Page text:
- The Washington Times - Monday, April 1, 2002

When the president announced last November that he would order military commissions to try terrorists for their crimes, there was substantial opposition to his order among both liberals and conservatives. Conservatives were skeptical about the need for the commissions and the level of due process that any defendant would be given. Liberals concluded immediately that the commissions would be kangaroo courts. Last week, the Defense Department finally issued the regulations setting out how the commissions will operate. They answer most but not all of the legitimate concerns.
The regulations describe a trial that looks quite a bit like a court martial under our Uniform Code of Military Justice. All commission members will be active-duty military officers. They will be in odd numbers from three to seven and the presiding officer will be a qualified military judge advocate. The accused will be provided a military defense lawyer and can also hire a civilian lawyer at their own expense. Only those civilian lawyers who can qualify for a security clearance can practice before the commissions, which presumably makes all the Ramsey Clark clones ineligible. There will be protection against self-incrimination and the normal rights to cross-examination and presentation of evidence. Even in the handling of classified information, the commissions will function very much like civilian courts do under the Classified Information Procedure Act (CIPA). Under CIPA, and in the commissions, the government must choose to share the information with the accused or get the court's permission to substitute a summary. Perhaps most importantly, the defendant can only be found guilty if the commission determines guilt beyond a reasonable doubt by a two-thirds vote. The death sentence can only be imposed by a unanimous vote.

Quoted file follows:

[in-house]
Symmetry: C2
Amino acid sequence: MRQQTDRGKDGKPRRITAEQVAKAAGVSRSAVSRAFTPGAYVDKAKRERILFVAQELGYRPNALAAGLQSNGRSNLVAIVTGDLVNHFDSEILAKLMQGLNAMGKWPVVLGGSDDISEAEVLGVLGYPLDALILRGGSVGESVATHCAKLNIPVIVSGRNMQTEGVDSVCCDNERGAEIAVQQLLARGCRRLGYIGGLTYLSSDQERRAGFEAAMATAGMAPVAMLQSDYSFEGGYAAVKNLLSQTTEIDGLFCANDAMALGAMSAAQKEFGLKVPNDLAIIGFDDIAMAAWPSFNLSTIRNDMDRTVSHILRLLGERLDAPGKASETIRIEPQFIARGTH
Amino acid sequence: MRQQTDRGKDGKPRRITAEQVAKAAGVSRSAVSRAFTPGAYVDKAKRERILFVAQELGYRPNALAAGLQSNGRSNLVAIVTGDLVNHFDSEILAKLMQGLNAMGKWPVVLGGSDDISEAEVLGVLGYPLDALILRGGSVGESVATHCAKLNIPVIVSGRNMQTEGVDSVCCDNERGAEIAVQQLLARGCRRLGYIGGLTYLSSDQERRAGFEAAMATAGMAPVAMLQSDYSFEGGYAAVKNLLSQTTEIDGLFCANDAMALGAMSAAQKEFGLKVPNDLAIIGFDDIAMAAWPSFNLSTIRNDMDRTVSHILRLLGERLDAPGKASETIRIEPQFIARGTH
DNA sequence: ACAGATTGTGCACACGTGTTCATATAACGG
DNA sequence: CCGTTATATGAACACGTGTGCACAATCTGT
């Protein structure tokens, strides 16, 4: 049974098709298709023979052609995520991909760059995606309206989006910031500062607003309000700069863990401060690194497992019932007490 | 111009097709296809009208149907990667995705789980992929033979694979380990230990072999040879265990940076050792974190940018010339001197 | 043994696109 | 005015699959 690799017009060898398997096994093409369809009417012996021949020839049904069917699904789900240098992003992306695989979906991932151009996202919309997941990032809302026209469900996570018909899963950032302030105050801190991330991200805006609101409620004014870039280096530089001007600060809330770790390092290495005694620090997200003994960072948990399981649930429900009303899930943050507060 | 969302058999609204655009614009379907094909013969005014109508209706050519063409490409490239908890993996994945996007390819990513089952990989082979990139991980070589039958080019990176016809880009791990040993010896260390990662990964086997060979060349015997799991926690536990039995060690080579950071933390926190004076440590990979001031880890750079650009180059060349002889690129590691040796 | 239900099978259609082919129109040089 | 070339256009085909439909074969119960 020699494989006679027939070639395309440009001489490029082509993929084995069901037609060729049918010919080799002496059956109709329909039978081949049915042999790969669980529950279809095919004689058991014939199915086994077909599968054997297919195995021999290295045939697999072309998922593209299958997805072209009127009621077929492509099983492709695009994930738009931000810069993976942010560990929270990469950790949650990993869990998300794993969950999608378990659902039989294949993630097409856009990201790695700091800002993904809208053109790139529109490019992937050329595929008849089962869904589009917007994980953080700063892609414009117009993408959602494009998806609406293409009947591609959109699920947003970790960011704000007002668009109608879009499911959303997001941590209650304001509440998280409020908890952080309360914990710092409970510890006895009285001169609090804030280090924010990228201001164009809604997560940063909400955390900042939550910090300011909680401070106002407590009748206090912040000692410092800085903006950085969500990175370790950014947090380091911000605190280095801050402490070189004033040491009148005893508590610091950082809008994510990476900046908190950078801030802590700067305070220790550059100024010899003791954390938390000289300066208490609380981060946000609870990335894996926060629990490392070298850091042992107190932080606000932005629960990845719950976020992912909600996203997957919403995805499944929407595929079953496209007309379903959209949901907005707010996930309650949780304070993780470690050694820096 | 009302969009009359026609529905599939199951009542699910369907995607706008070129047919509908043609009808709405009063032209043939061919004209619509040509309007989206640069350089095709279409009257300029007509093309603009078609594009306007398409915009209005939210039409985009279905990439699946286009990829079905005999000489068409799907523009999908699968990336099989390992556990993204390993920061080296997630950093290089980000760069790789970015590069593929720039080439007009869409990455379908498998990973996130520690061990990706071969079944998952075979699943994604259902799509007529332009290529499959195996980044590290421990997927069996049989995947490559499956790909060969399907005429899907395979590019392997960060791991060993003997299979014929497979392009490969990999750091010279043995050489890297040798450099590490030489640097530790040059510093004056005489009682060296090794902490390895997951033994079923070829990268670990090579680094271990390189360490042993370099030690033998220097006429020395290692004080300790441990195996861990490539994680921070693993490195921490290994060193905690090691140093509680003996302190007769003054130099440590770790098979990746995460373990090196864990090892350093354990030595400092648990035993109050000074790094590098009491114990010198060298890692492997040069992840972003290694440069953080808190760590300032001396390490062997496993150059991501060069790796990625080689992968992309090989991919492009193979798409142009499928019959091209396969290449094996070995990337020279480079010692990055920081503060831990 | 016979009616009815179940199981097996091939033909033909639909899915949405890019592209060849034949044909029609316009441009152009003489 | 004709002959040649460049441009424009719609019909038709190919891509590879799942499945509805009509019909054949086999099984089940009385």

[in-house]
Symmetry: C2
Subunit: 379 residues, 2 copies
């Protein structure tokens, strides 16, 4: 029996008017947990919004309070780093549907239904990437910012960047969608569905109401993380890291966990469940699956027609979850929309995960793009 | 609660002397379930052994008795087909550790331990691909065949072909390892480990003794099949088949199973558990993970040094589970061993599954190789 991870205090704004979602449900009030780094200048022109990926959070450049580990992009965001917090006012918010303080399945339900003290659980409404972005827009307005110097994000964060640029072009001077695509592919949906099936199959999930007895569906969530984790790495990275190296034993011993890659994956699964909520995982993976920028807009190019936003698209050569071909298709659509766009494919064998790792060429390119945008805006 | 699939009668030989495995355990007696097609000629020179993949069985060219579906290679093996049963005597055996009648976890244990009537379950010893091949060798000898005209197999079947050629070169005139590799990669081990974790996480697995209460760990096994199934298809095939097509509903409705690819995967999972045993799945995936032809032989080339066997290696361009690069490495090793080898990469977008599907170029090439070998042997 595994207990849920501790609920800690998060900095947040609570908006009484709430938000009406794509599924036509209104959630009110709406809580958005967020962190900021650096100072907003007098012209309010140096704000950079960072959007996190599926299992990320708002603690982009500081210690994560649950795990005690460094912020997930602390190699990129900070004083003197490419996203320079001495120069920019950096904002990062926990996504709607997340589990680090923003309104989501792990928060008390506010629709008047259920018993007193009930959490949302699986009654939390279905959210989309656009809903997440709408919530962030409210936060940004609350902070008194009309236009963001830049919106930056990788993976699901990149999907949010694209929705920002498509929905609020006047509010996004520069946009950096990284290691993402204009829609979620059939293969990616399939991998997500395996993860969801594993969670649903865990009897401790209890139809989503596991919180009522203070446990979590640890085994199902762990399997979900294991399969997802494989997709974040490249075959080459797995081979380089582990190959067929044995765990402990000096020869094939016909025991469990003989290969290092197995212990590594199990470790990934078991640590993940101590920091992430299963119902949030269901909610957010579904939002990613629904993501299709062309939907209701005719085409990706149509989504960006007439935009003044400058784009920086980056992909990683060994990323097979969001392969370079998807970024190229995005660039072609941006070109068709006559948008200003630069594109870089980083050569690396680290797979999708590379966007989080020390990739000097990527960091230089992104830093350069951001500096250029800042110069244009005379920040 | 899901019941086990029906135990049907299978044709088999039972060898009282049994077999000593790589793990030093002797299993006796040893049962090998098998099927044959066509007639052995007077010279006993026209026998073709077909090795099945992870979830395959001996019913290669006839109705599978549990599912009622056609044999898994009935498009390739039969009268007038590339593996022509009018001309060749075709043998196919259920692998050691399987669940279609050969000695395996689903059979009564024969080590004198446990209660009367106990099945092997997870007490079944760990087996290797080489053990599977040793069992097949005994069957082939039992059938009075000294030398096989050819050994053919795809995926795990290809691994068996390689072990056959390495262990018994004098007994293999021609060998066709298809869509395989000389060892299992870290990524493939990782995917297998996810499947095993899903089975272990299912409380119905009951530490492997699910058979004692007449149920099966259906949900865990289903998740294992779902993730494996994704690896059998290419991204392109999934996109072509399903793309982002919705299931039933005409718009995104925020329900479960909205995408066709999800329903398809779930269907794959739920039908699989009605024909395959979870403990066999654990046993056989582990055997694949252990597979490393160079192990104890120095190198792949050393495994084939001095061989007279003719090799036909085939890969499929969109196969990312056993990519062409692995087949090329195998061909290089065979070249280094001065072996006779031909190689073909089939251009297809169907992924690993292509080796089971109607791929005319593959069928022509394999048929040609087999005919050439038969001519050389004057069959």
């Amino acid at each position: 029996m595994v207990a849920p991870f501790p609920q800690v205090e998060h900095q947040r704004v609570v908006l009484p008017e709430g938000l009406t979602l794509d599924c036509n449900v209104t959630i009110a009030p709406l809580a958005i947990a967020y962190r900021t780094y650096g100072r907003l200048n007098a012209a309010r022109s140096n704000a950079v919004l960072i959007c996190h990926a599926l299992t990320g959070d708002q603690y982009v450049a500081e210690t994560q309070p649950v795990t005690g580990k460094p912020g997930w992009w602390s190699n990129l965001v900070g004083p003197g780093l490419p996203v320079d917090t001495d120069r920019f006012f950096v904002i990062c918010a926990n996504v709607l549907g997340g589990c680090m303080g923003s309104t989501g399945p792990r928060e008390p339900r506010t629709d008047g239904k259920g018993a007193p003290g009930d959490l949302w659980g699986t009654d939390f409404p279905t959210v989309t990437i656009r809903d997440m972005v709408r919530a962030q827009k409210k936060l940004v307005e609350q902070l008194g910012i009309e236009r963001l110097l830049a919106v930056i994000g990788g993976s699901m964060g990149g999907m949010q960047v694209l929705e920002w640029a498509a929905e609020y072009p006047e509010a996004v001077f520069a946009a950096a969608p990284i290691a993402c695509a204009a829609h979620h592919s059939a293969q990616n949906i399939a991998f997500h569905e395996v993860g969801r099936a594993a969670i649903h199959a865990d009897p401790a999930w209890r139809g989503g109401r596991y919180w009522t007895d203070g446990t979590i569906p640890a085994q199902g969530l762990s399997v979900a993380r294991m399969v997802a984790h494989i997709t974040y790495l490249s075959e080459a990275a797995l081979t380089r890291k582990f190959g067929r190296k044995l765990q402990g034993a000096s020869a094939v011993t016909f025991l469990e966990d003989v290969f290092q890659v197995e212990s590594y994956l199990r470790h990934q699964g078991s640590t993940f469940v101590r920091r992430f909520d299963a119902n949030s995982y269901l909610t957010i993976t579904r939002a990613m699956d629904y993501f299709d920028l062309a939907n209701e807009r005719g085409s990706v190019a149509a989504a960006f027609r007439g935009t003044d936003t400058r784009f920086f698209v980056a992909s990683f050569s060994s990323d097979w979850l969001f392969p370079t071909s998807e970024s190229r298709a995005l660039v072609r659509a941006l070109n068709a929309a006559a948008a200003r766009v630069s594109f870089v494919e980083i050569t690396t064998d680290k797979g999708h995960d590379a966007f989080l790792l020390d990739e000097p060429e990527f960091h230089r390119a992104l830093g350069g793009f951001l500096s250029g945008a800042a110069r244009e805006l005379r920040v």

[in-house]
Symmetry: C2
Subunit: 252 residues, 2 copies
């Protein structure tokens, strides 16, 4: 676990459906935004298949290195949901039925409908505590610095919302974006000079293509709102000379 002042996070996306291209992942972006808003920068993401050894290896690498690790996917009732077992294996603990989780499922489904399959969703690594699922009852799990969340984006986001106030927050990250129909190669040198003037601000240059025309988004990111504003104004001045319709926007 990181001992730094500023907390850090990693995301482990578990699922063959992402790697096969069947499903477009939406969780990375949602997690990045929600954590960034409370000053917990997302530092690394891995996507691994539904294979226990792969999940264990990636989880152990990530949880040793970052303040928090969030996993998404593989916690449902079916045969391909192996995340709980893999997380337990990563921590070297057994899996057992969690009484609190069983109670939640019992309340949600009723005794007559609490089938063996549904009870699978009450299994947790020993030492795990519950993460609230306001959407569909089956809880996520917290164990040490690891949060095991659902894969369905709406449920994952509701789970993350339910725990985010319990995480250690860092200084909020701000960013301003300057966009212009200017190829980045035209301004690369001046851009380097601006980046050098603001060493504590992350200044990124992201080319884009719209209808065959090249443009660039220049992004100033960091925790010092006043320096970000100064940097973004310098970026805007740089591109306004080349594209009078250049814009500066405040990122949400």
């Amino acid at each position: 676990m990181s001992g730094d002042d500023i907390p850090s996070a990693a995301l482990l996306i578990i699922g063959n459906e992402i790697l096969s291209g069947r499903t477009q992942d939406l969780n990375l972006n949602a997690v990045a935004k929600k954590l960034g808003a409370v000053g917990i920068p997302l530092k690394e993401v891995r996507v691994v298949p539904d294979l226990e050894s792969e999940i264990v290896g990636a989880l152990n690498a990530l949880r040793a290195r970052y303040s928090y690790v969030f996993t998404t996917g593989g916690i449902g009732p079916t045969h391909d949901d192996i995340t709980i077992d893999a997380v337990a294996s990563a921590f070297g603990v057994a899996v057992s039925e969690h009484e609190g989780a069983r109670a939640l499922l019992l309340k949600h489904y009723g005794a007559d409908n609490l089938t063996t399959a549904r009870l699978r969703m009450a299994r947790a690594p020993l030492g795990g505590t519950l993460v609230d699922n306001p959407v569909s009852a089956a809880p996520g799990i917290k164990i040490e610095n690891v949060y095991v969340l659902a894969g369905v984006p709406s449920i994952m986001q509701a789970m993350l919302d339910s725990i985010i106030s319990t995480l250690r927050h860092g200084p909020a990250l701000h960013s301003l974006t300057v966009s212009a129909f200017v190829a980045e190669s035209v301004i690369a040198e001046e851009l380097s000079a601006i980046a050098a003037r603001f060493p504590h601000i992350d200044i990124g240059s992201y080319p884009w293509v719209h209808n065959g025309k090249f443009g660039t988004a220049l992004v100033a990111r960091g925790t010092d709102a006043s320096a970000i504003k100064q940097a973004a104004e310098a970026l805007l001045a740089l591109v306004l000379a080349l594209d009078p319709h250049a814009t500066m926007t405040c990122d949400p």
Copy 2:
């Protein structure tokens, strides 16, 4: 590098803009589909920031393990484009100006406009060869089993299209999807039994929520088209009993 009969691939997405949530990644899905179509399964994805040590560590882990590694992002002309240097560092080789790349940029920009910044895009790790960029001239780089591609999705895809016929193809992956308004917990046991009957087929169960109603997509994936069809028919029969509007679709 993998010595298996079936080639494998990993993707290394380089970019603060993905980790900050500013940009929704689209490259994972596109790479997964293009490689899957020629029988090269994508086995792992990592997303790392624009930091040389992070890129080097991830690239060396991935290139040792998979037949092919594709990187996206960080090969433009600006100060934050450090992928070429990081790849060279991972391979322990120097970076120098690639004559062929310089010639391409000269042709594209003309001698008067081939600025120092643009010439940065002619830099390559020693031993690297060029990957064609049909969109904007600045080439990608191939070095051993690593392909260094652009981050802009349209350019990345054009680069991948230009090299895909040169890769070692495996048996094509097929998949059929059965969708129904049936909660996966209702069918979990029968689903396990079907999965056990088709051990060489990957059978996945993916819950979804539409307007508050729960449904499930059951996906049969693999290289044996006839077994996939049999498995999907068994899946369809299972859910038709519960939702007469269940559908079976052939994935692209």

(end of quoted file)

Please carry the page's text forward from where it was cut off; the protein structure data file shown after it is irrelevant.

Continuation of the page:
The Defense Department regulations leave two of the most important issues unresolved: Do we still need the commissions, and which of the "detainees" will be tried by them? There is reason to doubt the need for the commissions at this point. Zacarias Moussaoui the so-called "20th hijacker" is being tried in a civilian court, and there is no reason to suspect that the trial will fail to be concluded with a jury verdict. Moussaoui, who is not an American citizen and is charged with having been deeply involved in the September 11 hijackings, seemed the perfect candidate for trial by a commission. He wasn't put before one because he was arrested here, and was thus entitled to a regular trial. But if he can be tried in a civilian court, why can't the others? There may be those whose trials would threaten the lives of the judges and juries. If so, the president can make the case for the commissions to proceed. But when he does so, Mr. Bush should announce who among the prisoners will face trial by the commissions, and under what criteria they will be selected.


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